Q: My fiancé and I offered to buy a home owned by a bank. The bank responded to our offer but said they would not pay for any FHA fees or for any of the inspections.

There are two other offers on this home by other potential buyers. Those other buyers are also obtaining FHA loans. Before responding to our offer, the bank asked whether we would be willing to still buy the home even if the home did not appraise out for the amount we offered for the home. If we did, we would have to pay the bank the difference in cash.

We didn’t agree to their terms relating to the appraisal but they responded to our offer. About two days later, the listing agent for the home told our agent that the bank was negotiating with another buyer and left us completely in the dark.

We were almost sure we got this house and I fear that the listing agent or bank or someone is playing games with us. It almost seems to me that the listing agent may be trying to get a friend or client of hers to get this house.

What should we do in this situation? Is there any way we can find out what is going on? If we haven’t heard anything back from them for such a long time does this mean we will probably not get it?

Our agent is out of the country and we’re working with her replacement.

A: You should face the fact that you probably did not get the house. When a seller is faced with multiple offers for a home, the seller may pick and choose which offer to accept. Until the parties sign a contract for the purchase and sale of the home, the deal may be up for grabs.

While the bank may have responded to your offer, that response might have been verbal and the bank may have decided to go a different way when a different buyer offered more or offered the bank a better deal.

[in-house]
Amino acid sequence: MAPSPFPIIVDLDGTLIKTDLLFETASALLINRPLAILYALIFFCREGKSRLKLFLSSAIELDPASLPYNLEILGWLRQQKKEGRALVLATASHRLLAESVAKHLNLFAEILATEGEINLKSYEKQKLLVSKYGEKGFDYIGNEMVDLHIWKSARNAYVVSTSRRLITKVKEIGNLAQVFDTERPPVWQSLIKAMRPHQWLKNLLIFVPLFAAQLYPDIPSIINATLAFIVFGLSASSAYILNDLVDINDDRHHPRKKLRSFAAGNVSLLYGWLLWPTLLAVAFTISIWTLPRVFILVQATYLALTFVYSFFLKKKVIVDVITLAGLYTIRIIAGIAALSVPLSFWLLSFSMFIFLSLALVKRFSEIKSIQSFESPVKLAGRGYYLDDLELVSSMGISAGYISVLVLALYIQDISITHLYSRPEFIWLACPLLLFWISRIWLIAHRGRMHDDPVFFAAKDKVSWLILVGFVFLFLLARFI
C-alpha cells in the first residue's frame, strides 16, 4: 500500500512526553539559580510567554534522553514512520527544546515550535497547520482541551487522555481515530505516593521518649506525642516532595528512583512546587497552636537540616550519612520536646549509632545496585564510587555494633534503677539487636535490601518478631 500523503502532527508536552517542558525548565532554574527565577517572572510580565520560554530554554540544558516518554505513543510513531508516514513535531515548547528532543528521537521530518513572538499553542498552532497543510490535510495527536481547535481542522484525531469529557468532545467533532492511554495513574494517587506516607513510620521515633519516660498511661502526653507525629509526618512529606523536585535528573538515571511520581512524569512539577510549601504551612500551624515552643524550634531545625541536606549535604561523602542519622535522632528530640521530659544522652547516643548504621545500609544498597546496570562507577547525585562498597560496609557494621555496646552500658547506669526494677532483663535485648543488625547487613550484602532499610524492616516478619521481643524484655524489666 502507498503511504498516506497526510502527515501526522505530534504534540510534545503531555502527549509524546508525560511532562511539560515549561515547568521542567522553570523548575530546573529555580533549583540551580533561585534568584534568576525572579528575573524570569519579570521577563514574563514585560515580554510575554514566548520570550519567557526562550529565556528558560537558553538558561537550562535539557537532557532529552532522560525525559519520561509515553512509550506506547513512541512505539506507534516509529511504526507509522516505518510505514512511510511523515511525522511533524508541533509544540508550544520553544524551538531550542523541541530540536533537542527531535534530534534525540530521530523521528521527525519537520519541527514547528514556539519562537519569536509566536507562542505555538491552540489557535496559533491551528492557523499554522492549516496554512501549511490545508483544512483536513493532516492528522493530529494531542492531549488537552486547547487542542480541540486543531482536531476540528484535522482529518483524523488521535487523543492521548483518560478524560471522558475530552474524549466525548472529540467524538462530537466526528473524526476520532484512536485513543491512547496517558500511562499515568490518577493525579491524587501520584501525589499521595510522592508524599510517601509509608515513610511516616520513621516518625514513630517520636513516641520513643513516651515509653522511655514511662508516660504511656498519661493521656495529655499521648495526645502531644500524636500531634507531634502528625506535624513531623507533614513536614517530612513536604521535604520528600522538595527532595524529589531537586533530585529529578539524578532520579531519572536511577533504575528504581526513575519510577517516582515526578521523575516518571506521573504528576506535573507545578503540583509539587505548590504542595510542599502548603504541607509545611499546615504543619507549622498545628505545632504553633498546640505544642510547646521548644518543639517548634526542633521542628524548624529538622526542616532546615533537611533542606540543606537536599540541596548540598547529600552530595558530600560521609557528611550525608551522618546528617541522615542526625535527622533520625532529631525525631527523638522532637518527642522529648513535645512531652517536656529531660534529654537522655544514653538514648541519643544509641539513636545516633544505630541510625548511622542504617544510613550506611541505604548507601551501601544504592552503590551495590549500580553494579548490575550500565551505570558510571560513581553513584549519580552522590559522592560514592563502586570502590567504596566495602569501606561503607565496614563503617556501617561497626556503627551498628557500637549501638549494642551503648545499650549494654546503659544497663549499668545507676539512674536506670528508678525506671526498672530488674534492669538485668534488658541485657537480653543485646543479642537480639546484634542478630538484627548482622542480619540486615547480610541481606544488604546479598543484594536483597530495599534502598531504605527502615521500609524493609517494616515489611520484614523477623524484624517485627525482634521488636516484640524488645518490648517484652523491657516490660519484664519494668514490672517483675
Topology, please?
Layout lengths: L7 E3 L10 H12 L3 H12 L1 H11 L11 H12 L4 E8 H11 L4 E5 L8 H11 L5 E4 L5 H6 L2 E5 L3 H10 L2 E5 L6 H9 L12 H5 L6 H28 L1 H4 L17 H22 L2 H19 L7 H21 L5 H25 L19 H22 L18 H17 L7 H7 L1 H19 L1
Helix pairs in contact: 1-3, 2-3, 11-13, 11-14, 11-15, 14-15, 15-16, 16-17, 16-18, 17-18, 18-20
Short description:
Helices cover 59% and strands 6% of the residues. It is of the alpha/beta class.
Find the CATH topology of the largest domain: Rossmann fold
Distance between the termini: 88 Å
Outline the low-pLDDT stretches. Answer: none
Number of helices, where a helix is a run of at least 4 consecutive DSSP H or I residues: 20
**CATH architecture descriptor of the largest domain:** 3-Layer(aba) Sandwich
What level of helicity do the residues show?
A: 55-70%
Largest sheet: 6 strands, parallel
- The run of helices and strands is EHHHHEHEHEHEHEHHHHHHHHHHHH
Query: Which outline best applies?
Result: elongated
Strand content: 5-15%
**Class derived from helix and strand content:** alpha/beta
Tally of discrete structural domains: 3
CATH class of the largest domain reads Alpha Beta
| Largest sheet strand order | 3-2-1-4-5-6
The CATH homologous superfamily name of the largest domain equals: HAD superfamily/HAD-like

In the best of real estate markets, the old adage of buyer beware holds true. During the recent real estate housing crash, that adage continues to apply.

You don’t know you have a deal with a seller or a buyer until both parties have signed on the dotted line. You should also know that in some parts of the country, buyers and sellers can sign a real estate contract and if that contract contains a provision that allows the buyer or seller to have his or her attorney review and approve the contract, either party might be able to cancel the deal during that review process.

While you may suspect “funny” business going on with the listing broker, you might be wrong about that. While there are some real estate agents that may try to work a deal in favor of that real estate agent’s clients, far more real estate agents in multiple bid situations actually work to try to get the seller the highest price and the best deal they can for their seller.

Usually, the higher the sales price, the more money the listing broker will make. Furthermore, if the listing agent finds a buyer that is more qualified to buy the home, offers a higher amount and is willing to close sooner, the listing broker will likely try to influence the seller to accept that buyer’s offer.

While there is a possibility that the listing broker is trying to freeze you out of the purchase of the home, the information you have included in your letter does not provide any clues that would lead me to believe that anything irregular that has occurred.

If you find out more, please keep me posted.

In the meantime, when your agent comes back from vacation, be sure to have a conversation about the situation and ask him or her to follow up.

For more information on other situations that affect REO or bank owned properties, read these other articles:

Bad News For Real Estate Market: Unemployment and Foreclosure Continue Into 2010

Short Sale Process Problems Arise When Contractor Liens Home

What Happens After Foreclosure?